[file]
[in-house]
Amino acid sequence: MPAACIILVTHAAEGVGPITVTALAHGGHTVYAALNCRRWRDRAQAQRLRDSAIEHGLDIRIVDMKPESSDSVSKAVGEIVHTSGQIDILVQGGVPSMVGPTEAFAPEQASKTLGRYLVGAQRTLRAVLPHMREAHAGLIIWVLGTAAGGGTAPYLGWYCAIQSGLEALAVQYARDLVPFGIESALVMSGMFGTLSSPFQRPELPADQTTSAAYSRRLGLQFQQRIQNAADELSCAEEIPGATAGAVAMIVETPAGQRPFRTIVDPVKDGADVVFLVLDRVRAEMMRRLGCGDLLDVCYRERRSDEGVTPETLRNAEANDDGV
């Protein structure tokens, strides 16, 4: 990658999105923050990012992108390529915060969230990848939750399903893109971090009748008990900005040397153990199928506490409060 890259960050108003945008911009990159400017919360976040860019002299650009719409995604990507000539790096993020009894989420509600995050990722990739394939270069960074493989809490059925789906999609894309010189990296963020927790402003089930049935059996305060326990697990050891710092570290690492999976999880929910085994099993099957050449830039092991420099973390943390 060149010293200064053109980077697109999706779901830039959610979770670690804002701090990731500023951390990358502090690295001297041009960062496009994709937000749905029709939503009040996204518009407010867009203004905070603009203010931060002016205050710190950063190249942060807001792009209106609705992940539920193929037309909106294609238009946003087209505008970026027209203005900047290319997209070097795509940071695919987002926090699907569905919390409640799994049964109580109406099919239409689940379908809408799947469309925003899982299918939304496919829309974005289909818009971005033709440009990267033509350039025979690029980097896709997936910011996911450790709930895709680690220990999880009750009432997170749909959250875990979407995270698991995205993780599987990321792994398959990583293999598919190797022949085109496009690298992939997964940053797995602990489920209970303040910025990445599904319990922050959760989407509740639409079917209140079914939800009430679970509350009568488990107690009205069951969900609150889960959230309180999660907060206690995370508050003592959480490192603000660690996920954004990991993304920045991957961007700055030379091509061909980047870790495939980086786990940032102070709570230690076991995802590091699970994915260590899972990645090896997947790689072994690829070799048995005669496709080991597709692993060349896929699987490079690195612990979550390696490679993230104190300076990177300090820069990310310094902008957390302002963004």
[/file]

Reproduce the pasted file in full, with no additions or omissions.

[in-house]
Amino acid sequence: MPAACIILVTHAAEGVGPITVTALAHGGHTVYAALNCRRWRDRAQAQRLRDSAIEHGLDIRIVDMKPESSDSVSKAVGEIVHTSGQIDILVQGGVPSMVGPTEAFAPEQASKTLGRYLVGAQRTLRAVLPHMREAHAGLIIWVLGTAAGGGTAPYLGWYCAIQSGLEALAVQYARDLVPFGIESALVMSGMFGTLSSPFQRPELPADQTTSAAYSRRLGLQFQQRIQNAADELSCAEEIPGATAGAVAMIVETPAGQRPFRTIVDPVKDGADVVFLVLDRVRAEMMRRLGCGDLLDVCYRERRSDEGVTPETLRNAEANDDGV
């Protein structure tokens, strides 16, 4: 990658999105923050990012992108390529915060969230990848939750399903893109971090009748008990900005040397153990199928506490409060 890259960050108003945008911009990159400017919360976040860019002299650009719409995604990507000539790096993020009894989420509600995050990722990739394939270069960074493989809490059925789906999609894309010189990296963020927790402003089930049935059996305060326990697990050891710092570290690492999976999880929910085994099993099957050449830039092991420099973390943390 060149010293200064053109980077697109999706779901830039959610979770670690804002701090990731500023951390990358502090690295001297041009960062496009994709937000749905029709939503009040996204518009407010867009203004905070603009203010931060002016205050710190950063190249942060807001792009209106609705992940539920193929037309909106294609238009946003087209505008970026027209203005900047290319997209070097795509940071695919987002926090699907569905919390409640799994049964109580109406099919239409689940379908809408799947469309925003899982299918939304496919829309974005289909818009971005033709440009990267033509350039025979690029980097896709997936910011996911450790709930895709680690220990999880009750009432997170749909959250875990979407995270698991995205993780599987990321792994398959990583293999598919190797022949085109496009690298992939997964940053797995602990489920209970303040910025990445599904319990922050959760989407509740639409079917209140079914939800009430679970509350009568488990107690009205069951969900609150889960959230309180999660907060206690995370508050003592959480490192603000660690996920954004990991993304920045991957961007700055030379091509061909980047870790495939980086786990940032102070709570230690076991995802590091699970994915260590899972990645090896997947790689072994690829070799048995005669496709080991597709692993060349896929699987490079690195612990979550390696490679993230104190300076990177300090820069990310310094902008957390302002963004």